Snuggled in our sleeping bags, including Sarah’s very nice purple 0-degree Sierra Design mummy bag she got the week before the trip, we actually both stayed cozy and comfy in the confines of my two-person tent. By this time, outside the tent was 37 degrees; inside was 47. It’s amazing how much two people can warm up a tent.
We shared some food and she read a little bit while I opted just to take some Sudafed (for a nagging sinus infection that had been lingering for awhile) and go to sleep. No one else was around. Peaceful for sure.
Until the middle of the night. Outside were some animals howling very loudly. It sounded like some coyotes in heat or something. It woke both of us up which was just as well as I needed to go to the bathroom. As it was still 1:00am I was getting out of the tent to go regardless of the fact that it was still drizzling just a little.
The rest of the night we both slept very soundly and adequately warm enough despite the amazing amount of condensation I’ve ever seen on the inside of my tent. By the morning we had awoken to something of a surprise: sun. There were very few clouds in sight.
Another surprise: our shoes. Both pairs of our shoes were damp the evening before from the rain, but in the morning, they were stiff but seemingly dry. “Cool, freeze-dried shoes,” I exclaimed. And they weren’t nearly as cold as I thought they’d be. Good thing because there was still a lot of hiking to be done on this day
First on the agenda was finding Murietta Falls. This was not as easy as I thought it would be. We headed off in its general direction only to completely bypass an unmarked trail to it. Here we added on about one mile and some steep climbs. But we’d eventually find it and gosh was it worth it.
Words and the pictures here cannot adequately describe it. There was plenty of water gushing from it at this time of year. It is neither super tall or unusual, but being so isolated from civilization meant that we had this waterfall entirely to ourselves. At least for the 30 minutes or so we stuck around. This marked the official halfway point of our trip as from there we’d go the same way we came from.
On passing back through Steward’s Camp we tried the water tap but unlike the night before it was frozen. Whoops, we should have filtered as much water as we could have stored the previous night, but did not think of this. No biggee, however, as there were other sources on the way back.
For a trip back that should have been predominantly downhill (the start is at 600 feet above sea level; we were well over 3000 over here), there were lots of steep climbs. I was feeling extremely fit the day before, even with sinusitis; on this day, not quite as fit. I have to agree with Sarah that despite loving the rain the day before, I was glad it was sunny and dry on this day, and that staying warm was not a big issue.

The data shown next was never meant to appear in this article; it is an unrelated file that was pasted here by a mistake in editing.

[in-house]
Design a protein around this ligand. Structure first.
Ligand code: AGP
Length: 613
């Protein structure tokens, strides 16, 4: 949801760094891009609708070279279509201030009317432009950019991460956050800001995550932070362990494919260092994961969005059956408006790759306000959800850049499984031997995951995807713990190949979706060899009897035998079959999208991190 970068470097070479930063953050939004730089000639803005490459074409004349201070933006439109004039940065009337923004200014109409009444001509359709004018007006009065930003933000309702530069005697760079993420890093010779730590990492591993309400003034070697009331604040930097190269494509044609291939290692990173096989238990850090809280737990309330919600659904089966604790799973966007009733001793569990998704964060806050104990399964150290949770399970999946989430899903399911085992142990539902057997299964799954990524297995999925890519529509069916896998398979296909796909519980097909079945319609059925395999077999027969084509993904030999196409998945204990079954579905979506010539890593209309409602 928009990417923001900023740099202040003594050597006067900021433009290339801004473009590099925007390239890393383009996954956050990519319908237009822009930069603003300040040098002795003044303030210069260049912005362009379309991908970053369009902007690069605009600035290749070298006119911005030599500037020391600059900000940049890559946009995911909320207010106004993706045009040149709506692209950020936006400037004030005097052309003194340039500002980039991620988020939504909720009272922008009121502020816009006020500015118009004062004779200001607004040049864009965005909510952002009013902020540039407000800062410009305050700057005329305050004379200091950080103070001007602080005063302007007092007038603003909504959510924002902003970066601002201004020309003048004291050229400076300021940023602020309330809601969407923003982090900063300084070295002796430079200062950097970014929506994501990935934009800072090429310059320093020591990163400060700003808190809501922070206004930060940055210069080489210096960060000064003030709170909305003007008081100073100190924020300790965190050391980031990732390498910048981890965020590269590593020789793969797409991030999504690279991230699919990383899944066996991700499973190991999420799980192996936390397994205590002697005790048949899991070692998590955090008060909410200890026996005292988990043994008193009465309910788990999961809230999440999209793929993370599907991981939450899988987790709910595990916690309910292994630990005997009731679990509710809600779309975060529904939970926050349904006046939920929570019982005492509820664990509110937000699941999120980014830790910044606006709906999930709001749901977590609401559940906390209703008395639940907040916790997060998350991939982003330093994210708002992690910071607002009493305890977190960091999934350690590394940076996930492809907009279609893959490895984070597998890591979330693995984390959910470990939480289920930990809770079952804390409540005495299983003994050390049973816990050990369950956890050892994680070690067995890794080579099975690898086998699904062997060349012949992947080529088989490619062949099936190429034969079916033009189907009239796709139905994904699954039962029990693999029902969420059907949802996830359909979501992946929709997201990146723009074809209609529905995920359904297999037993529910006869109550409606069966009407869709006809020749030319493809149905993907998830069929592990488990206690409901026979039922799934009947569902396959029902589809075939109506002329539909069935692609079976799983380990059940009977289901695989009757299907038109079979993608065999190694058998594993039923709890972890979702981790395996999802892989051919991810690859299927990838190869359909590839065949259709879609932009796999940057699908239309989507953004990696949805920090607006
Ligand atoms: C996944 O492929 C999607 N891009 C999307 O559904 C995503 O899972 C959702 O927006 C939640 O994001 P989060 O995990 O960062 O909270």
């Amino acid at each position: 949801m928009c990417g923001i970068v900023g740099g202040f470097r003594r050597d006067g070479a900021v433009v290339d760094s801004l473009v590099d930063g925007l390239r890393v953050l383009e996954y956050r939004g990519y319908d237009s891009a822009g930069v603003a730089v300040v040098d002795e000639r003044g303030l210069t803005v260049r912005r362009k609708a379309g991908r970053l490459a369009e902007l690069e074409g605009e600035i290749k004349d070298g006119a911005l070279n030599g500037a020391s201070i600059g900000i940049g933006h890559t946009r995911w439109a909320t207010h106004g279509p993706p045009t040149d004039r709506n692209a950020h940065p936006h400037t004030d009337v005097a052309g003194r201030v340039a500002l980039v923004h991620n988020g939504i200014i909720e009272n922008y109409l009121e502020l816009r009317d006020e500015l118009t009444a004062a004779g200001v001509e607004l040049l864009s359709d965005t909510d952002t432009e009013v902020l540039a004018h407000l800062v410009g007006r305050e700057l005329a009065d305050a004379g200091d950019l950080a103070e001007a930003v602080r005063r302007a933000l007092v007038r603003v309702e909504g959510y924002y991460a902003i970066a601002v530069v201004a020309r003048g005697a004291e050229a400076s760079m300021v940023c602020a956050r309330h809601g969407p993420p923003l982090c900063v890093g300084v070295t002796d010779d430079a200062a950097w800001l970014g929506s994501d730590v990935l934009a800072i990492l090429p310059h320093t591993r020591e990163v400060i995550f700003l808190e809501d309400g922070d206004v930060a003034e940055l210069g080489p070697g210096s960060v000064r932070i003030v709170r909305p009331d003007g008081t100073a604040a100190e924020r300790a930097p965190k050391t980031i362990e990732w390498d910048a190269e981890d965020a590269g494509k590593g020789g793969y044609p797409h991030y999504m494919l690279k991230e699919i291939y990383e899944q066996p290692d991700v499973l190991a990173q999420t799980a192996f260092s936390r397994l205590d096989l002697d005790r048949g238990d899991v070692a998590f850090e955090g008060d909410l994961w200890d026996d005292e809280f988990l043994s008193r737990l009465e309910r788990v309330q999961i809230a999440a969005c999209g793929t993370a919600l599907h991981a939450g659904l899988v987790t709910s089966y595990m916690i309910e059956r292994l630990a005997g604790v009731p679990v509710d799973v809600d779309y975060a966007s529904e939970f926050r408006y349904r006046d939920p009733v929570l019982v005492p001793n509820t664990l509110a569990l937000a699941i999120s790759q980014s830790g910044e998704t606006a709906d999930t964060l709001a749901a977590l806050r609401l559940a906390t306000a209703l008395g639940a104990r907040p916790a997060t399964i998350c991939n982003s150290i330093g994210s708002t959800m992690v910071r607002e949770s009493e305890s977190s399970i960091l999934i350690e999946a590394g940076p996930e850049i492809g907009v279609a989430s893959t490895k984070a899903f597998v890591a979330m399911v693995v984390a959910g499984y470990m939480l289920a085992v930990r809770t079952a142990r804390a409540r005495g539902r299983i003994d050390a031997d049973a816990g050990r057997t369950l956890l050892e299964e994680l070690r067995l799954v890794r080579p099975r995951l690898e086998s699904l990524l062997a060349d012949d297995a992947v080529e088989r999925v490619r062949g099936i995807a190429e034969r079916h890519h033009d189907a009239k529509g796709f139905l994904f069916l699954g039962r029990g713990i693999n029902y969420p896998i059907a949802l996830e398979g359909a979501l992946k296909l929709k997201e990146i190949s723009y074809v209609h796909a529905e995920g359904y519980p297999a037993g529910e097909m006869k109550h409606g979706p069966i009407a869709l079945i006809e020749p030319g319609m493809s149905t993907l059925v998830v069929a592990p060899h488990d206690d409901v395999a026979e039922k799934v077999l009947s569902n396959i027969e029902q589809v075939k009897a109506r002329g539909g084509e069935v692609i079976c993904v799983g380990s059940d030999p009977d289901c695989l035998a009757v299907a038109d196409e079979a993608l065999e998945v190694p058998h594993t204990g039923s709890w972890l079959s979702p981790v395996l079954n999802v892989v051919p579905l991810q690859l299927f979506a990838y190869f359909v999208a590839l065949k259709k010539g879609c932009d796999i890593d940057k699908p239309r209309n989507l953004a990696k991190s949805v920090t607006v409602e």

Third treat of the day (after the sun and Murietta Falls): Rose Peak. At the very base of the (short, 200- foot) ascent to the peak, we ditched our packs and walked to the top. Already up there were two older guys who had hiked in from Sunol that morning. They sounded pretty hardcore—–they had hiked the Santa Cruz mountains the day before in similarly pouring rain to what Sarah and I experienced in the Ohlone Wilderness–but did not seem very friendly. Or perhaps we were just interrupting their lunch (they were boiling a big pot of soup) and serenity, who knows?
The views were spectacular, with a clear view of Mt. Diablo to the north. A day hike to Rose Peak would be well worth it and I highly recommend it to anyone. From Rose Peak it would be about 20 miles round trip.
Not far from Rose Peak, we made a slight detour to a camp to filter some water from a faucet. We were taking our dear time and within 10 minutes the two dudes from the top of Rose Peak were here too. We chatted for a bit, and they asked us how we fared in the cold and damp weather the day before.
“Well, Sarah kept teasing me for this, but using this red umbrella [Felix points to umbrella], I stayed both warm and happy,” I emphatically exclaimed.
Sarah bursts out laughing.
But what the two dudes revealed next was even funnier, though. “We were using umbrellas too.” Sarah was now beyond disbelief that she was now standing in one place with three guys–all of whom are hardcore hikers–so proud to be using umbrellas in the rain for their hikes.
Shortly afterwards, the two guys took off, and within a very short period of time they were well out of sight. They were jamming. From there the trip was anticlimatic, but still pleasant. Oddly enough, as with many of the ultramarathon bicycle rides I have done, the latter miles just seem to vaporize, not quickly or suddenly, but just pass on by while my mind and body is in another zone. Cycling has a very meditative quality to it, and so does hiking out there in the wilderness, away from the bustling lifestyle of the city.
So for the last 10 miles (or a third of the trip) I have little to write about, except for one more nice surprise: with just a few miles to go I notice a black tubular piece of polypropylene on the right side of the trail. No way, it’s the armwarmer I had lost early on in the hike. I’ve used it in countless ultramarathon bicycle races and training rides since 1993, so it was nice to have it back.
All in all, going to and from Murietta Falls comprised the most enjoyable and rewarding backpacking trip I have ever done, despite it being one of the most challenging hikes–probably only second in difficulty to Mt. Whitney so far. As I write this there are still 11 more months of 2002, not to mention many more years of my life to come (I hope). During this time there are many more backpacking trips I want to do, many more adventures to undertake.
- Hikers: Felix Wong & Sarah Toas
- Distance: 30 miles
- Lowest Elevation: Sunol staging area @ ~600 feet
- Highest Elevation: Rose Peak @ 3,817 feet
- Duration: 2 days
- Difficulty: strenuous
- Highlight of the trip: Murietta Falls